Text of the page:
cognitive coding

Concerning Slim and Liquid

It’s probably not a good thing to start a blog with a rant, but in the making of this blog there were some pitfalls, that caused me some hours of bug hunting and headache. So, what’s better to start a blog with than a meta post about this blog.

So, imagine you have a Jekyll blog, just like this one. And you want to use Slim instead of ERB—because ERB syntax sucks—, just like this one. Since you use Jekyll, you also use Liquid, and you mix your Liquid tags and your Slim templates and everything is fine. Until…

One day, you decide to have the home page show the latest blog post, so you add some code like this:

{% assign page = site.posts.first %}
{% assign content = page.content %}
{% include post_content.slim %}

and your post_content.slim partial has some line somewhere, that looks somewhat like this:

{{ content }}

You check your index page and everything seems to be fine; but then you take a closer look. Some words seem to be missing. After some time and with the help of the “Inspect element” tool of your favourite browser, you figure out that the words are not gone, but converted to HTML tags.

Another oddity you recognize: When you visit the post itself (as in: not on the index page), everything seems to work correctly. But since you already spent some hours building the whole blog, you decide to write a little blog post instead of fixing this now. You tell people about some cool Ruby project you recently worked on, and insert some fancy code snippet that shows exactly how awesome your project is. Maybe something like this:

def print_hi(name)
  puts "Hi, #{name}"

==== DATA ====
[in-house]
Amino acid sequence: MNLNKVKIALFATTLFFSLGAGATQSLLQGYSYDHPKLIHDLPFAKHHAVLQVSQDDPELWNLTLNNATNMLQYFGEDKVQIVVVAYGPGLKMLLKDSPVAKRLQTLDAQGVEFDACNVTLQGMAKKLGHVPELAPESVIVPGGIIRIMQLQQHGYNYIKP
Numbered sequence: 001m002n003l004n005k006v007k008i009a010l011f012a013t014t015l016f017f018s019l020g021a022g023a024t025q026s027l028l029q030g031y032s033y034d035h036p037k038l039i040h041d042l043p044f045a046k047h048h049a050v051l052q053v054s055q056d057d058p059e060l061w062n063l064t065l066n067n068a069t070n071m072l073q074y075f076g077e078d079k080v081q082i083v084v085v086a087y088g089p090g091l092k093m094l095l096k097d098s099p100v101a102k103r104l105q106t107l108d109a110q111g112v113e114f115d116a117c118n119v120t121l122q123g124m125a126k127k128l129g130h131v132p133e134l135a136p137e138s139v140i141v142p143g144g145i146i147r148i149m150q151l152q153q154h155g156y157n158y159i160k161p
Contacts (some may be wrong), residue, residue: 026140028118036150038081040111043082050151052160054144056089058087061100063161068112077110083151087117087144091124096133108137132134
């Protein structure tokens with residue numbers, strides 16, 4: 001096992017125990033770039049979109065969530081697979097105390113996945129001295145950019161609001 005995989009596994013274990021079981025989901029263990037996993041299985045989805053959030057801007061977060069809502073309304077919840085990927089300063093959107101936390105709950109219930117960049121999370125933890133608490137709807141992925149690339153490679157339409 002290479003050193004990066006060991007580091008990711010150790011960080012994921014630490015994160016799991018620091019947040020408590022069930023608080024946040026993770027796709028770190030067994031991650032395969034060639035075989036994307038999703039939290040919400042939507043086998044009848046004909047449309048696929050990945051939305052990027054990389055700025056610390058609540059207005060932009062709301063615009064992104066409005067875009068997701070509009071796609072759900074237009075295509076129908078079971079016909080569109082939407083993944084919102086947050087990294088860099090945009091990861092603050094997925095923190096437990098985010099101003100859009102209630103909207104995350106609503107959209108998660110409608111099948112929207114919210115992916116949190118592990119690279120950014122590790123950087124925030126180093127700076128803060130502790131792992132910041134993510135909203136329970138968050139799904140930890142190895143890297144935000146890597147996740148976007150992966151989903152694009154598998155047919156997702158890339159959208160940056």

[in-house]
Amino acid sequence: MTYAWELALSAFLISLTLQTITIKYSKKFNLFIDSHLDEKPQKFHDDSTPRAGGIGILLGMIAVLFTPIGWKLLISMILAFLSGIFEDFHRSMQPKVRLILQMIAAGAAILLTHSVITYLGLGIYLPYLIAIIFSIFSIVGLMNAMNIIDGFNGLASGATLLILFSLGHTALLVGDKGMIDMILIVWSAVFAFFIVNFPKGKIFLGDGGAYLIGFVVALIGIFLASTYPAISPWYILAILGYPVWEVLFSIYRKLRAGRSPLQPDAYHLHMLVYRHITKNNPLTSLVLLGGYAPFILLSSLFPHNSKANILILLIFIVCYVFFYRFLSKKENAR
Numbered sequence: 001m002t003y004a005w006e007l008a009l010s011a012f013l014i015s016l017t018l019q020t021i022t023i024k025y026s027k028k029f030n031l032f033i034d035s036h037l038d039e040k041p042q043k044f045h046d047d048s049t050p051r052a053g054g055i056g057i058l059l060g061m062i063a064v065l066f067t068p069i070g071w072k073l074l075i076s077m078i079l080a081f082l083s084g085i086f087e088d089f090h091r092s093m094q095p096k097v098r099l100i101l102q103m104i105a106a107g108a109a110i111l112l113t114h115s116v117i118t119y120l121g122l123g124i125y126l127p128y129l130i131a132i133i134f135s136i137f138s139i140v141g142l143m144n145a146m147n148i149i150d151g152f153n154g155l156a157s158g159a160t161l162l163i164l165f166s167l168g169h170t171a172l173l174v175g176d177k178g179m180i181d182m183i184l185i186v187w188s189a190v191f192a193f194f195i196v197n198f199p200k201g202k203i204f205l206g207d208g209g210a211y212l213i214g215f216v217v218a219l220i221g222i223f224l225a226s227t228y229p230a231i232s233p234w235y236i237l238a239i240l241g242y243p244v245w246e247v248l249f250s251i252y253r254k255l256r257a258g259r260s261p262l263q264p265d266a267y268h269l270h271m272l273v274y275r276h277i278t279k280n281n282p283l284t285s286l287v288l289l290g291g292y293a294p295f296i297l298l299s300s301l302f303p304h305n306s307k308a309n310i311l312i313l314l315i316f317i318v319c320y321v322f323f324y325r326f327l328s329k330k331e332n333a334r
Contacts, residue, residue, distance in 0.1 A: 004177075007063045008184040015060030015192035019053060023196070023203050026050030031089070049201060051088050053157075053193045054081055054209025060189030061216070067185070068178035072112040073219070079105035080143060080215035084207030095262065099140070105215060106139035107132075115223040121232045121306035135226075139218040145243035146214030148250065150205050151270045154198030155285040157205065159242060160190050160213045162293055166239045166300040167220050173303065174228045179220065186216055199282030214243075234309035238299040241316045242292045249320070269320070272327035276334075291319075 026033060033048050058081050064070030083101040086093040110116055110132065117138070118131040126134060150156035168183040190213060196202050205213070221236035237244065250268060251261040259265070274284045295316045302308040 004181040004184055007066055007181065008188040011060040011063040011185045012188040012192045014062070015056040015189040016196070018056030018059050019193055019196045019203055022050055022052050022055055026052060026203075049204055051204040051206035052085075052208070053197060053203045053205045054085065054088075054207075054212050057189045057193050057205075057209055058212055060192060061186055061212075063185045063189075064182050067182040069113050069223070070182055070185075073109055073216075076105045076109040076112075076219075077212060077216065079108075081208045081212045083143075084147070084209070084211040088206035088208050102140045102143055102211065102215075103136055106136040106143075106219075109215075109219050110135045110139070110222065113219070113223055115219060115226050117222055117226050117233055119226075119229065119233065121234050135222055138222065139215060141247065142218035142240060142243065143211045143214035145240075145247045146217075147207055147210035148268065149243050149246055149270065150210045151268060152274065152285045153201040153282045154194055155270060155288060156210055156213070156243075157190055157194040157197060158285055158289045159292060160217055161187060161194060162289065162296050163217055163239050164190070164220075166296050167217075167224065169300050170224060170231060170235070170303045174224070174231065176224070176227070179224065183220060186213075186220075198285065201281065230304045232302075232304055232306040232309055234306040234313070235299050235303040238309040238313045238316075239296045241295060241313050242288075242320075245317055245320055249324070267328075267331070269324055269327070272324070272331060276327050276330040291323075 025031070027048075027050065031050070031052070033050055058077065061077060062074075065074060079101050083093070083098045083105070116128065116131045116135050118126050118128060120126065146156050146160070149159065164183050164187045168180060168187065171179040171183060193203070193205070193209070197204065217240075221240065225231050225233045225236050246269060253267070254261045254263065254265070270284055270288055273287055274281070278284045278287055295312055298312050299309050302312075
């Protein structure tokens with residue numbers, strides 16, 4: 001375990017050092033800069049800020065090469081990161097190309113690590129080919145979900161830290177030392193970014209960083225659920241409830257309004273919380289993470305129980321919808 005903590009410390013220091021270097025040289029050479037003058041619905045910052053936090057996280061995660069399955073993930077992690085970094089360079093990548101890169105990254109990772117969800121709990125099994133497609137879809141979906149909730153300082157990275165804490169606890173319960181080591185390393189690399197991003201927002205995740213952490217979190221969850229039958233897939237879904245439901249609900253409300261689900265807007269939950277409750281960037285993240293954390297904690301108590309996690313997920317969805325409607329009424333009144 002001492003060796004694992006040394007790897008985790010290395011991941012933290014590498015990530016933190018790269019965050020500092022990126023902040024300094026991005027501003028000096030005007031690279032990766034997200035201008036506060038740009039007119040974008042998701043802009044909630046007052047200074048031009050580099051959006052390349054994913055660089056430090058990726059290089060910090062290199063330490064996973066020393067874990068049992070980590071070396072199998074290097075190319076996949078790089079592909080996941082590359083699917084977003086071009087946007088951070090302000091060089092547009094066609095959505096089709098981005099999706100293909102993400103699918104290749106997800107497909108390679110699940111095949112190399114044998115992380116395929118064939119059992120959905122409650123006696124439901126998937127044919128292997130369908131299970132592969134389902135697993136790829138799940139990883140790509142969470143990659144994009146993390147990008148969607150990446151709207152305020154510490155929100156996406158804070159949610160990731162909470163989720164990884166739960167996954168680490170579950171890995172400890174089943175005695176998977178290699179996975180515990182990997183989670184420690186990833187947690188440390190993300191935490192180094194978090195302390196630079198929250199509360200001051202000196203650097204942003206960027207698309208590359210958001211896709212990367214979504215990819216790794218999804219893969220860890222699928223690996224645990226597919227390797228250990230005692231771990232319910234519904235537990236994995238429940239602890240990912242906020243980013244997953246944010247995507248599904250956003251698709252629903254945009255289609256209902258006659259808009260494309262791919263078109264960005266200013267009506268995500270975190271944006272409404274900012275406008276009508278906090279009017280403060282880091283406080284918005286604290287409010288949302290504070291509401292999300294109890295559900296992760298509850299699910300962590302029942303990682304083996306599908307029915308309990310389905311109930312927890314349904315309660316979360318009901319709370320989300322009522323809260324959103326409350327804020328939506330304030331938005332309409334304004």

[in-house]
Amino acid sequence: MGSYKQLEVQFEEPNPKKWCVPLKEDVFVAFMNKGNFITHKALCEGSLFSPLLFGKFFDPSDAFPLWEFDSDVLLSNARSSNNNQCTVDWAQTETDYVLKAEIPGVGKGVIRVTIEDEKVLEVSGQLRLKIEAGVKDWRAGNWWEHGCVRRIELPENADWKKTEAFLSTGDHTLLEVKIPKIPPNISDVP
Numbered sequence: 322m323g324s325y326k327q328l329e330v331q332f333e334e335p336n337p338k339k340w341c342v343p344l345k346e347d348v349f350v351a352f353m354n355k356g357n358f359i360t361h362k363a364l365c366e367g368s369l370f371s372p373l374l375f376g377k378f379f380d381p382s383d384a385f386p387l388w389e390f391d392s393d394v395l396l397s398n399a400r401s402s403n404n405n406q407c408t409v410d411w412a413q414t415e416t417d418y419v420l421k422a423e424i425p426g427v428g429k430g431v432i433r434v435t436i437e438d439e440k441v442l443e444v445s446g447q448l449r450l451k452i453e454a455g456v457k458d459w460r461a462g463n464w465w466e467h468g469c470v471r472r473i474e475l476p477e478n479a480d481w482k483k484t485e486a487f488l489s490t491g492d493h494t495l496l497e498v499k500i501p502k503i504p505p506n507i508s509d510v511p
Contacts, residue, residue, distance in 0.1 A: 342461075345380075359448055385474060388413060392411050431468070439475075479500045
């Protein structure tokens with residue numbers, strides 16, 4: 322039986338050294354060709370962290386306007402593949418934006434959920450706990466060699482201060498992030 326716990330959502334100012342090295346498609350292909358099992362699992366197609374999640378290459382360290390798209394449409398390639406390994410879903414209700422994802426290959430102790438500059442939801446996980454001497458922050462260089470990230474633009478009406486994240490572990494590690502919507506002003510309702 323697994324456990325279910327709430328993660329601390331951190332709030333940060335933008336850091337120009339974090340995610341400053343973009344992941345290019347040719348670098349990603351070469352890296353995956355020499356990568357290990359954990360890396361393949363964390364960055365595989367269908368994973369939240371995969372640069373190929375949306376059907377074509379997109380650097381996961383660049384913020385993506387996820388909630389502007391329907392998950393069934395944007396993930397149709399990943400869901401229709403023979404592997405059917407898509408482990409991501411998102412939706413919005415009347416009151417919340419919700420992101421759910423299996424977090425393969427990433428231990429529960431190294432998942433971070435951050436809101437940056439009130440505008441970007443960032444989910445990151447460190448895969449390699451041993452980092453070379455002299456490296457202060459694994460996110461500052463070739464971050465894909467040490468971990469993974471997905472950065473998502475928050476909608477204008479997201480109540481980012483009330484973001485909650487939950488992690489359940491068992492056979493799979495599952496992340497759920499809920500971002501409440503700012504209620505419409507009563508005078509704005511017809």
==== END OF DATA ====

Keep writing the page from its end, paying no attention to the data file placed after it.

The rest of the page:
Unfortunately, now your blog won’t build! The cryptic error message tells you it’s something pattern related.

Okay, back to the first error, since that compiled at least. You start to wonder, if the tags were created because some text was injected into the Slim markup in some wrong way, so that on each line, the first word will be translated into a tag. And indeed, when you remove all newlines via a Liquid filter, the lost words reapper. That’s more of a hack than a solution, but at least it works.

So, back to problem number two. After some time, you take a closer look at what seemed to be an unrelated error message. Parts of HTML code are shown. Especially one part sticks out:

<span class="si">#{</span>

This code was generated by the syntax highlighter. Unfortunately, inserting this code into a Slim file will cause the compiler to break. It tries to interpret the #{ as the beginning of a Ruby string interpolation and subsequently considers </span> to be Ruby code. / in Ruby is the delimiter for regular expressions. Mystery solved.

Not quite. You still have to fix this. Your first solution would be to replace all occurences of #{ with the escaped version \#{ with a filter like

{{ content | replace:'#{','\#{' }}

And you fail again. Liquid also interprets the beginning of a string interpolation and complains. So you write a custom filter that does exactly what you want. Now everything kind of works, but is ugly as hell.

Your final deed of the day is to throw everything you “fixed” away and write a generator that duplicates the latest post and saves it as the index page:

module Jekyll
  class IndexDraft < Draft
    def destination(dest)
      File.join(site.dest, "index.html")

  class IndexPost < Post
    def destination(dest)
      File.join(site.dest, "index.html")

  class IndexPageGenerator < Generator
    def generate(site)
      last_post = site.posts.last

      src_path = last_post.path
      src_filename = File.basename(src_path)
      src_dirname = File.dirname(src_path)

      last_post.define_singleton_method(:next) {}

      if src_dirname.end_with? "_drafts"
        new_post =, site.source, File.dirname(src_dirname), src_filename)
        new_post =, site.source, File.dirname(src_dirname), src_filename)

      new_post.define_singleton_method(:previous) { last_post.previous }
      site.posts << new_post

And you finally have your index page with the latest post. Easy, huh?

Oh and in case you also use the jekyll-tagging plugin, make sure to use my forked version over at GitHub to avoid having duplicate entries on tag pages. You can include it in your Gemfile like this:

gem 'jekyll-tagging', git: ''

Update May 16, 2016: I have since relaunched my blog, which is now based on Jekyll 3. Jekyll 3 features a new Hook API, that allows me to do this and other things a lot more elegant.

Jekyll::Hooks.register :site, :post_write do |site|, 'index.html'), "w") do |f|
    f.write site.posts.last.to_s